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When two mathematicians raised pointed questions about a classic proof that no one really understood, they ignited a years-long debate about how much could be trusted in a new kind of geometry.
Computer scientists can prove certain programs to be error-free with the same certainty that mathematicians prove theorems.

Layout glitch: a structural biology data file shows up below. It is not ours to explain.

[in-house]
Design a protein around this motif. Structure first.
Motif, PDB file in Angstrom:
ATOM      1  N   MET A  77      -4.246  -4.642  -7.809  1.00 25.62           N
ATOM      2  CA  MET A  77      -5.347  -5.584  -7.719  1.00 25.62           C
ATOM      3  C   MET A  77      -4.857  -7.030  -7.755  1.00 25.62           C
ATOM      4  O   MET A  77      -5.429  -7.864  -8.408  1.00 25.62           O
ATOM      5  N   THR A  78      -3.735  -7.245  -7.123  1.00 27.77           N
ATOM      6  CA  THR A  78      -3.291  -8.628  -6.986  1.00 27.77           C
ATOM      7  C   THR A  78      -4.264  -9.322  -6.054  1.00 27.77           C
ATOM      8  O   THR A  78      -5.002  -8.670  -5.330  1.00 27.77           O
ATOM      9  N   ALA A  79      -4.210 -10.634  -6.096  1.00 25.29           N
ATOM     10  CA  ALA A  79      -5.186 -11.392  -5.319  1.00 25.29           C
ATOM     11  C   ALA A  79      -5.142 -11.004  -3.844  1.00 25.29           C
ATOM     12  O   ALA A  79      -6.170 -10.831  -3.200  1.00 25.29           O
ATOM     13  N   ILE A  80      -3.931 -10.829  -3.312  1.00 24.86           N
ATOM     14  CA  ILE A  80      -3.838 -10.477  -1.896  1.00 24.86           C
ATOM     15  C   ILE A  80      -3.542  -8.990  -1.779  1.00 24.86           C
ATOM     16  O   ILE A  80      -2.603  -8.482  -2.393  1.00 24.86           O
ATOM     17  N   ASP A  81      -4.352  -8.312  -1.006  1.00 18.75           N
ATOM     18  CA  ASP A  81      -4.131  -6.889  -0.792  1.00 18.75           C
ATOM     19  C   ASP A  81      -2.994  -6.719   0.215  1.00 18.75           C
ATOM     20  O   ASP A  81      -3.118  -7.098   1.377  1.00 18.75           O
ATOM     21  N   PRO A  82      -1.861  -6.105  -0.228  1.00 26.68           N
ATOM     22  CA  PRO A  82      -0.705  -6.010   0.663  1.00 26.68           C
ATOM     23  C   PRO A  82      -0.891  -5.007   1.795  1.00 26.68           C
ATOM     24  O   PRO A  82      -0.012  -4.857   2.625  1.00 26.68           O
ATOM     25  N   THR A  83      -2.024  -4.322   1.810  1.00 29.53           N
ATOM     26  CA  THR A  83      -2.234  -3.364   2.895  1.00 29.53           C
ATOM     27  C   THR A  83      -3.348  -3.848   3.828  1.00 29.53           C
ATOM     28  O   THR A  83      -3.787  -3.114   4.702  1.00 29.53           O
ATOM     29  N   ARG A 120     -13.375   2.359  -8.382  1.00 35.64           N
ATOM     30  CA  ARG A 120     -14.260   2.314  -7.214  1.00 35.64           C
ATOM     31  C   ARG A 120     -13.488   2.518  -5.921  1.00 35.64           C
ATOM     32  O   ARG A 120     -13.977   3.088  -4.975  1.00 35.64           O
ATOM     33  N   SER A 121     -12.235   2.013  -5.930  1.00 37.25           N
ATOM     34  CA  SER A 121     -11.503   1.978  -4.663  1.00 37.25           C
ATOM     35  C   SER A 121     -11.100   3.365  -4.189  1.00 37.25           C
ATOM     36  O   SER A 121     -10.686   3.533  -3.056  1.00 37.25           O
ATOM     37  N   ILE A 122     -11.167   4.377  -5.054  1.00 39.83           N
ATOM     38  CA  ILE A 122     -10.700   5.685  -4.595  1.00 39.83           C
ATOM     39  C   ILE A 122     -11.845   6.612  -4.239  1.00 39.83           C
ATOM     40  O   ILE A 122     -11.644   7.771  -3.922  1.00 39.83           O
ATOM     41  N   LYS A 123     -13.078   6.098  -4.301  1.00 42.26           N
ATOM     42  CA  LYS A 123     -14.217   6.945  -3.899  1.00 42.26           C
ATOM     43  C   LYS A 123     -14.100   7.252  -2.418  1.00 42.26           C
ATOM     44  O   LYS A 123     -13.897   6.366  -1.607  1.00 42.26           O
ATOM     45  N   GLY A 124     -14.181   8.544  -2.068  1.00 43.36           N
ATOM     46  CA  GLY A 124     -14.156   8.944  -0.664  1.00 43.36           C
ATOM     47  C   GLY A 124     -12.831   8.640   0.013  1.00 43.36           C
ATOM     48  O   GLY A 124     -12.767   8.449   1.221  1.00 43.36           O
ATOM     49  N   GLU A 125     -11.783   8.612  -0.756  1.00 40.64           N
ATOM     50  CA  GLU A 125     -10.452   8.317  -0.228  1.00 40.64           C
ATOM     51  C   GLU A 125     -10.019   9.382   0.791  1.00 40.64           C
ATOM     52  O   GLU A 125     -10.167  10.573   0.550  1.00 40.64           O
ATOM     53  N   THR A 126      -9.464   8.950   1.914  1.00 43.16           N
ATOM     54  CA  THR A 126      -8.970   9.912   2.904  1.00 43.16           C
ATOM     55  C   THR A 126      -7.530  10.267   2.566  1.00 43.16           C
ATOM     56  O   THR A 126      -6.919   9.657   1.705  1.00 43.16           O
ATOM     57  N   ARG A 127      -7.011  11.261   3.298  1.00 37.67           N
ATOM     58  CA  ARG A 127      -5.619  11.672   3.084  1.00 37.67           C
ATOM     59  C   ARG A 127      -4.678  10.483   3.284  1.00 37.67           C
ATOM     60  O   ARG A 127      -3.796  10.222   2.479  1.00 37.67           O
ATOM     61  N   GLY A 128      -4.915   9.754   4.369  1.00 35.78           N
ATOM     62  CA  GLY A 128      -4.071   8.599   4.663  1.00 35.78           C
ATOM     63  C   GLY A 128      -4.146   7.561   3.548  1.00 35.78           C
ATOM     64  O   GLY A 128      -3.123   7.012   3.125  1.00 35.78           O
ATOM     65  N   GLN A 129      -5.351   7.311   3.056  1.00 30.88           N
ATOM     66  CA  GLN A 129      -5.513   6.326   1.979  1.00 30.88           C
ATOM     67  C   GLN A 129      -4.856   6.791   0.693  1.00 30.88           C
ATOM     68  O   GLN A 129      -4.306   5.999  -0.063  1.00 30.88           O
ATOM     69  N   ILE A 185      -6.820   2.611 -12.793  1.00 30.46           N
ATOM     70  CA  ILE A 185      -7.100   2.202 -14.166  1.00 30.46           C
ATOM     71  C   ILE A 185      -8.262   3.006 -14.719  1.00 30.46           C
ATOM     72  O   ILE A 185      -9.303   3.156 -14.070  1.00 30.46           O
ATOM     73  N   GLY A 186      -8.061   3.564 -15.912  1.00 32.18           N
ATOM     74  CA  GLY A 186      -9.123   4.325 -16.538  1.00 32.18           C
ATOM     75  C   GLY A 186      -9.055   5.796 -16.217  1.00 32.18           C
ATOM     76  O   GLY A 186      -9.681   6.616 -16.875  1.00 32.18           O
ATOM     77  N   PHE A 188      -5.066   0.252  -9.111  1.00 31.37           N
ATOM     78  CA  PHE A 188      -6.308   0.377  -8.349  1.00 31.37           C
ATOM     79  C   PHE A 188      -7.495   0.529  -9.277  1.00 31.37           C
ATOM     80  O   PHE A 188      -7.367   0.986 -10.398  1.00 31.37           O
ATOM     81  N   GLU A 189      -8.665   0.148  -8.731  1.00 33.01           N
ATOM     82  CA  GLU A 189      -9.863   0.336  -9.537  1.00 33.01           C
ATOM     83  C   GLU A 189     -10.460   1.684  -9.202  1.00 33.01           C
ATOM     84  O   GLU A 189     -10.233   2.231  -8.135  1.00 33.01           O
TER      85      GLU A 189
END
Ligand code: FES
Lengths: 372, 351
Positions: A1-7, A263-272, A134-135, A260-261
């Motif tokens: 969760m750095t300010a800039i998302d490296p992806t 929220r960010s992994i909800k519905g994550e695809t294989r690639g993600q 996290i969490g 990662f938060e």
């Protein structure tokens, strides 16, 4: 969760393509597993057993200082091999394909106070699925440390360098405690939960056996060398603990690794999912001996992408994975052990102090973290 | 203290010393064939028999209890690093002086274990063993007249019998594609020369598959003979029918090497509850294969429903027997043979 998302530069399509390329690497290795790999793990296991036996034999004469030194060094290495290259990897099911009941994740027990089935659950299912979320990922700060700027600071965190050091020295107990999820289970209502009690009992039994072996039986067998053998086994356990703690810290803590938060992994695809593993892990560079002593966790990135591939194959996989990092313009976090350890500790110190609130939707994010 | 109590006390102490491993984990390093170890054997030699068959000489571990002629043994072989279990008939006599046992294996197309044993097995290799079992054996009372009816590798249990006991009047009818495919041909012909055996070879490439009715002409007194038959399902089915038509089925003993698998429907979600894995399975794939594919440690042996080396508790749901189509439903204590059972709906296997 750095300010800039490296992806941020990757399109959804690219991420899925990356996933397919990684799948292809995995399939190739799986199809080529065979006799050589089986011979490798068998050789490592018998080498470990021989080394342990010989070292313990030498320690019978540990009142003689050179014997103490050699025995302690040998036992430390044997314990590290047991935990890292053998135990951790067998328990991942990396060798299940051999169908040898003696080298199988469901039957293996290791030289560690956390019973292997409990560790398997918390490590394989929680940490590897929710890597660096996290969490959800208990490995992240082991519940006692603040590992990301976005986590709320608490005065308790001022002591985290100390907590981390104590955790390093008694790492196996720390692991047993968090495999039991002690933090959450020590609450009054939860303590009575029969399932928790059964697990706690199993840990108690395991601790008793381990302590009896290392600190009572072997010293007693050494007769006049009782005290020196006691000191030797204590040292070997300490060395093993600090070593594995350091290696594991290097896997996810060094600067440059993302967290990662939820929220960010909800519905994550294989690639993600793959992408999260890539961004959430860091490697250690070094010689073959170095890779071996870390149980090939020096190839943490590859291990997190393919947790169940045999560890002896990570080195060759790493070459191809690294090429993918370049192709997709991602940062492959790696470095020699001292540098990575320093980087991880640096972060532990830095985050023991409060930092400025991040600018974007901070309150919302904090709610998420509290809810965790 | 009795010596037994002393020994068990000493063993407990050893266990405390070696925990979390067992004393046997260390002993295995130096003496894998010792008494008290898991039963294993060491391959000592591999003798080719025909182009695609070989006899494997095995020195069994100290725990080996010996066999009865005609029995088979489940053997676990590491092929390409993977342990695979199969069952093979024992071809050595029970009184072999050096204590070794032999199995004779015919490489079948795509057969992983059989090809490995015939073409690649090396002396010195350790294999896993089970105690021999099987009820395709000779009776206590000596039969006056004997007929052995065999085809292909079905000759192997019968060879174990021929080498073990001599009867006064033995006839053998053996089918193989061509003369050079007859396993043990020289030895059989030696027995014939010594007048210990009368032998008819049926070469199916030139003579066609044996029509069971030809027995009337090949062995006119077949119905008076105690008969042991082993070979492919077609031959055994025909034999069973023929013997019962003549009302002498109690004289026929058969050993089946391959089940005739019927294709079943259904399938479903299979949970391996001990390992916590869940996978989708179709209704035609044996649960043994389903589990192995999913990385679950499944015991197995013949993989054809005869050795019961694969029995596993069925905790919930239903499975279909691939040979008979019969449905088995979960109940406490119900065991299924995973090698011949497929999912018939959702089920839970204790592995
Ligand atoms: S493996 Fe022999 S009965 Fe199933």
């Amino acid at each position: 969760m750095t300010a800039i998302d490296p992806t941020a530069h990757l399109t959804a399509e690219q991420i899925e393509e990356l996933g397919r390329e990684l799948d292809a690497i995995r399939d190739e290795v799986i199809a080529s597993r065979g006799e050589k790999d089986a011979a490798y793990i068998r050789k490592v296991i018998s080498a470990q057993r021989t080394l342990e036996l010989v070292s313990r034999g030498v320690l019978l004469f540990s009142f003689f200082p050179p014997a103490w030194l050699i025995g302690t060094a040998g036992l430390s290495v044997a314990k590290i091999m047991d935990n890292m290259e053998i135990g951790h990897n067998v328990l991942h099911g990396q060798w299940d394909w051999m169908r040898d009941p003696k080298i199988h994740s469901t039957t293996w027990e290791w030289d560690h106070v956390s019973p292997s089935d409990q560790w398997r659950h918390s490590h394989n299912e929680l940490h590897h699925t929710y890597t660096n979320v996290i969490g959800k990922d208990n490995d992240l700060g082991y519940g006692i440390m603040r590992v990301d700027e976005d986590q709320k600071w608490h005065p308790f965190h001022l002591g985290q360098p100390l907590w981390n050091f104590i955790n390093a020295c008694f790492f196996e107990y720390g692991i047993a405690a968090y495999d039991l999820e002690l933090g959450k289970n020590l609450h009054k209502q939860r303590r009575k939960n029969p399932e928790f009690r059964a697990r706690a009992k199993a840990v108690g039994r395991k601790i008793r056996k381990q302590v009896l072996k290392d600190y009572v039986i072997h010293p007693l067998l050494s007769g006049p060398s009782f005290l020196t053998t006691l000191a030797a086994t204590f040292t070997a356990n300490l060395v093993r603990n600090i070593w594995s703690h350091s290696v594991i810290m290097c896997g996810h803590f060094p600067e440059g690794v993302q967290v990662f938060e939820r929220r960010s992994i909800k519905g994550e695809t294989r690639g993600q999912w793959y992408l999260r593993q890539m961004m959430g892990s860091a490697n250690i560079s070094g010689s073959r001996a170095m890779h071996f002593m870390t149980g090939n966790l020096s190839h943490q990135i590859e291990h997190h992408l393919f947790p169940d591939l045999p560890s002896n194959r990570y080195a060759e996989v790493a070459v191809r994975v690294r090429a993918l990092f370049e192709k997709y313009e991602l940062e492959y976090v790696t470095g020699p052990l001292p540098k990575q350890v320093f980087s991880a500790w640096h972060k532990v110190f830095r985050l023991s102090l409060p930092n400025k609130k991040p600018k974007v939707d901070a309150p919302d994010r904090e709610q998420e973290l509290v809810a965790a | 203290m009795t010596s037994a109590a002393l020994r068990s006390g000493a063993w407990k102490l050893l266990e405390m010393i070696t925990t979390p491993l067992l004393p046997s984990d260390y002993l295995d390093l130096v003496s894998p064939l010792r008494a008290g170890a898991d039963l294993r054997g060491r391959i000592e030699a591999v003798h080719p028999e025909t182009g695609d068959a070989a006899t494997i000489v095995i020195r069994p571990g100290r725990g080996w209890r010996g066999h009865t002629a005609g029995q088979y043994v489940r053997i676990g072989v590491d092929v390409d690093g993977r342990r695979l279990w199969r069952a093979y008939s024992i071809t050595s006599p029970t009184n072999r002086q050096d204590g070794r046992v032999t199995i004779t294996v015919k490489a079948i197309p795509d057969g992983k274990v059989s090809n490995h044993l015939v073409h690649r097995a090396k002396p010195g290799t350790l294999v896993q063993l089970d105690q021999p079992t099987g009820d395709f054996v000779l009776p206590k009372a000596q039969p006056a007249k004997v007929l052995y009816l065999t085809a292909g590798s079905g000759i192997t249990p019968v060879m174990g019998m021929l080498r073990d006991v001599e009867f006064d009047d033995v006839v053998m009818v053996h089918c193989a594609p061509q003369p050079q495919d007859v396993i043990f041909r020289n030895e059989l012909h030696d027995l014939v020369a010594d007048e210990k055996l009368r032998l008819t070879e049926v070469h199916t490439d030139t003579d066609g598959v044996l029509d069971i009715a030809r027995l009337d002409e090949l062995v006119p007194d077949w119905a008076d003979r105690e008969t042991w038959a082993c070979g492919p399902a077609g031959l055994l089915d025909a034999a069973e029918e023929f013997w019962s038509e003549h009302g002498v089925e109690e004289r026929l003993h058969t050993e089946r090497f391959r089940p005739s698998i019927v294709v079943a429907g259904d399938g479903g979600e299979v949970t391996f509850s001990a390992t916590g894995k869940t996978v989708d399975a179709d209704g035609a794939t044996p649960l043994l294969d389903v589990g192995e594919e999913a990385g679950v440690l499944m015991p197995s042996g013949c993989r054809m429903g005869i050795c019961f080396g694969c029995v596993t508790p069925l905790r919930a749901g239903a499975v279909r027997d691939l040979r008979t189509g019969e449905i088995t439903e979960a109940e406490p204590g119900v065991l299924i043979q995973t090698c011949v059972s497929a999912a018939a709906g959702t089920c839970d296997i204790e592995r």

The physical nature of computers might reveal deep truths about their uniquely powerful abstract abilities.
Computers can translate French and prove mathematical theorems. But can they make deep conceptual insights into the way the world works?
The Fields medalist Vladimir Voevodsky has died at 51. This 2015 article describes his computer-aided quest to eliminate human error and rewrite the century-old rules underlying all of mathematics.
As the role of computers in pure mathematics grows, researchers debate their reliability.
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